Hi, Have a mortgage contingency in the contract, that usually covers appraisal as well.

Chris
1 vote Thank Flag Link Sun Nov 20, 2011
You should talk with your Real Estate Agent and ask to renegotiate the price with seller, show your appraisal report as a proof. Also call your loan officer/ mortgage broker/bank to get the answer (try to get it in writing) and call your attorney. Good Luck..
1 vote Thank Flag Link Sun Nov 20, 2011
Hi Lastunicorn

Thanks for your questions and response below.

Prudent for you to write up a contract with an Appraisal contingency, otherwise walk from the property
And the attorney, if he cannot protect your interests.

Good luck.
Perry
1 vote Thank Flag Link Sat Nov 19, 2011
Hello Lastunicorn21,
Usually, an appraisal goes hand-in-hand with a mortgage contingency as it is your lender who orders the appraisal. If the property does not appraise at the sales price or above then you cannot get a mortgage approval.

My suggestion is to renegotiate the sales price with the seller if you truly want the home.

Good luck to you!

Laura Feghali
Prudential Connecticut Realty
1 vote Thank Flag Link Sat Nov 19, 2011
When you are dealing witb a contract and you are at odds with your attorney, I would recommemd a second opinion from a qualified R.E. attny.
1 vote Thank Flag Link Sat Nov 19, 2011
Absolutely get your money back if your Attorney and or Agent has this subject to an Appraisal! If they do not, shame on them!!
1 vote Thank Flag Link Sat Nov 19, 2011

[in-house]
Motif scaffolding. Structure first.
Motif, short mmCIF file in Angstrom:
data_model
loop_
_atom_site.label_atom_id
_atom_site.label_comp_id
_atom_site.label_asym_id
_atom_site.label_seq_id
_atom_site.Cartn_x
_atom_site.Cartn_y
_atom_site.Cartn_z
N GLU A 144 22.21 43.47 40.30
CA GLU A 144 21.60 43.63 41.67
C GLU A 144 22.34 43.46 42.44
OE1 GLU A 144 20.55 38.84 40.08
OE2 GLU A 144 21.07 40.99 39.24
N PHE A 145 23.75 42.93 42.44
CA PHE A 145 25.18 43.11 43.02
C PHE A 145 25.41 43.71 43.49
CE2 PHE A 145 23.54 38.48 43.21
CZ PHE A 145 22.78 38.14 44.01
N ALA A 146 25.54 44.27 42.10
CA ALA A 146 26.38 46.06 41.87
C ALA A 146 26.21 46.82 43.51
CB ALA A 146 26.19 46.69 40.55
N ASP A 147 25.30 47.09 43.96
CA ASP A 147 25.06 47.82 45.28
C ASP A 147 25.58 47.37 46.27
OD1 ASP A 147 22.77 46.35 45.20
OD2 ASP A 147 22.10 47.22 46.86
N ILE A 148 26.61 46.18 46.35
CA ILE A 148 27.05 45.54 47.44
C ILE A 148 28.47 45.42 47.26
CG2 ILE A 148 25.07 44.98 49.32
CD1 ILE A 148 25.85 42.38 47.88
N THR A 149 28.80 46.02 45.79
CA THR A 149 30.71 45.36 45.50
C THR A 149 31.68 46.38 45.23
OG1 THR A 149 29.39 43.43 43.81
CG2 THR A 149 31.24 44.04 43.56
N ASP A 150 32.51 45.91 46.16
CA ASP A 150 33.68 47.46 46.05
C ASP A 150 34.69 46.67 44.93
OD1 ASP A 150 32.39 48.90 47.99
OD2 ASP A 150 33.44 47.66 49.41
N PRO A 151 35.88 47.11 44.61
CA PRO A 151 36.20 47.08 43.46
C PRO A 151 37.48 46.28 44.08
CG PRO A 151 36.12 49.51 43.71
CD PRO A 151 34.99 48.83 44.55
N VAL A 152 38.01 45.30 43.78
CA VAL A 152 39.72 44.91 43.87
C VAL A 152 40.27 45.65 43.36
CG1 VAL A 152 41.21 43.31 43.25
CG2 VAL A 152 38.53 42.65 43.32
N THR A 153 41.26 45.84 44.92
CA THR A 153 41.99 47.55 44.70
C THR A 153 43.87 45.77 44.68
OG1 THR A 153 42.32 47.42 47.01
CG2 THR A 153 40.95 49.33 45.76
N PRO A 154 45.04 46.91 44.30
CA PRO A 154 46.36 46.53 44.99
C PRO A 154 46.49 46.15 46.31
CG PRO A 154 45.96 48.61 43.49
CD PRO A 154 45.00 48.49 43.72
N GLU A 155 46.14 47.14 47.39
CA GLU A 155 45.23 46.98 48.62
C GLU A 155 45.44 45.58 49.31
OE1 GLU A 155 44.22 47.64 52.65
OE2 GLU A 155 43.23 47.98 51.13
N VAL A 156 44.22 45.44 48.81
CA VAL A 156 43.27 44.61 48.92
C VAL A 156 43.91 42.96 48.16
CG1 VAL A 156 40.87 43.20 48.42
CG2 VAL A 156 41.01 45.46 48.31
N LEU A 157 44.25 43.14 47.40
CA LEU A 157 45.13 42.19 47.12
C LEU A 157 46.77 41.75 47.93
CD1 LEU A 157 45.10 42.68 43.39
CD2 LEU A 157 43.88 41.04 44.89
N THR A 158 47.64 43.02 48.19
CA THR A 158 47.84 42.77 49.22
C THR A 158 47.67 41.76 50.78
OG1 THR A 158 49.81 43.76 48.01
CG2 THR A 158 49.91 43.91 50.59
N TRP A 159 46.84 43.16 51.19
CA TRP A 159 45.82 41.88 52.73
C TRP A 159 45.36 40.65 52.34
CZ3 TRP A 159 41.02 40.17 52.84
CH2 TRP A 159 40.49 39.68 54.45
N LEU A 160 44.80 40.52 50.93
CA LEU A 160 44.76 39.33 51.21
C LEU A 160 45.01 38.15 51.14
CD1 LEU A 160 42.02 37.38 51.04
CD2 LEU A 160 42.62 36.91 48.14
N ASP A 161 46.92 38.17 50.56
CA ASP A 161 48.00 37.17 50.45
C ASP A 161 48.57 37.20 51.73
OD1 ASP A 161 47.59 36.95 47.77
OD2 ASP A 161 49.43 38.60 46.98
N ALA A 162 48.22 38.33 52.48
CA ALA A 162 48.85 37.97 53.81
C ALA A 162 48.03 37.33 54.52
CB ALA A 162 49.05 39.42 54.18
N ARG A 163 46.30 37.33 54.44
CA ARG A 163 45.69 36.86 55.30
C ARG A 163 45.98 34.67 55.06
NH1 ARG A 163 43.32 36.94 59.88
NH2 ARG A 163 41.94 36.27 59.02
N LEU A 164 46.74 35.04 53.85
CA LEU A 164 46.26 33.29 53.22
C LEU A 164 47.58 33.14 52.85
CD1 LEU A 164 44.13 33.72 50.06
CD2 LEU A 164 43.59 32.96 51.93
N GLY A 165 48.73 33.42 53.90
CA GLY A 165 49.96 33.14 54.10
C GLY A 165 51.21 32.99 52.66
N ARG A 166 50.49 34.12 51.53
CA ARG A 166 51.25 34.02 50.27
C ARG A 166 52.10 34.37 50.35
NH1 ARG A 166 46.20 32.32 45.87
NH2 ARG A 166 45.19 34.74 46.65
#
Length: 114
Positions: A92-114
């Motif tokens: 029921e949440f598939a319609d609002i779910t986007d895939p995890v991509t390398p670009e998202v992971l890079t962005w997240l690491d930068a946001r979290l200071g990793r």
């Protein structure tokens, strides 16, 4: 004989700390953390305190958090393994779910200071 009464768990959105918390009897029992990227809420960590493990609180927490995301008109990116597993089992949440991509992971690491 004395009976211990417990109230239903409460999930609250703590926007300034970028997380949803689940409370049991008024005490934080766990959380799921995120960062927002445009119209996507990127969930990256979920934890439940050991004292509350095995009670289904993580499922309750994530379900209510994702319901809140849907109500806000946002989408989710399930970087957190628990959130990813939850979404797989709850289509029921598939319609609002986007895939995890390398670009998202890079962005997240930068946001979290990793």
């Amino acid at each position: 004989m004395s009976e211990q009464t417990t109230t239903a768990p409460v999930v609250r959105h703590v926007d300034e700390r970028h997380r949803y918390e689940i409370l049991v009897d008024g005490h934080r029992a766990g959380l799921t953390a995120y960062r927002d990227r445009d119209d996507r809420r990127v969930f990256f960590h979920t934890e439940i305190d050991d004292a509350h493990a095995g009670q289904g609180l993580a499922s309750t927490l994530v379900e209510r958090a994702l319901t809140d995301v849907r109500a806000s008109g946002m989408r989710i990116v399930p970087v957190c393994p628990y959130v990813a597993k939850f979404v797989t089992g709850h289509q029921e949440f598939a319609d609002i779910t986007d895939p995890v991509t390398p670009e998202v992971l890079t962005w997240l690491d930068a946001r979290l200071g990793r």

It's best to already have the appraisal as a contingency in the contract if you want to back out.

Christopher Pagli
Accredited Buyer Representative
Licensed Associate Broker
William Raveis Legends Realty Group
914.406.9023
0 votes Thank Flag Link Mon Jun 3, 2013
In todays HOT market with many multiple offers on properties it would be harder to have such a clause because someone else does not. A appraisal is based on CLOSED sales in the ~ last 6 months (past HISTORY) for like properties, in a rising market it can be a issue. You need to talk with your BUYER AGENT and consider a change in your Team of professionals you are working with. Good luck.
0 votes Thank Flag Link Mon Jun 3, 2013
I am not an attorney but I would say that if you have a appraisal clause in the contract that about sums it up and you shouldn't worry. In some cases though due to the low inventory rate and demand. Homes that appraise for less in areas are not uncommon. This is a problem for the buyer and seller ask the Realtor to pull more comps for the Appraiser see if they can challenge the report to raise the value. However if there is no other options and you love the home then you may want to consider paying the difference as painful as that may seem.
0 votes Thank Flag Link Sat Oct 13, 2012
You can in fact get an appraisal contingency clause written into the contract, I worked with an attorney in New York. Adam Sutton who has done this before, in order to protect our client. It's definitely in your best interest to do so as the bank would definitely approve the loan due to the high down payment I recommend you get another legal opinion before proceeding otherwise your escrow money is in jeopardy.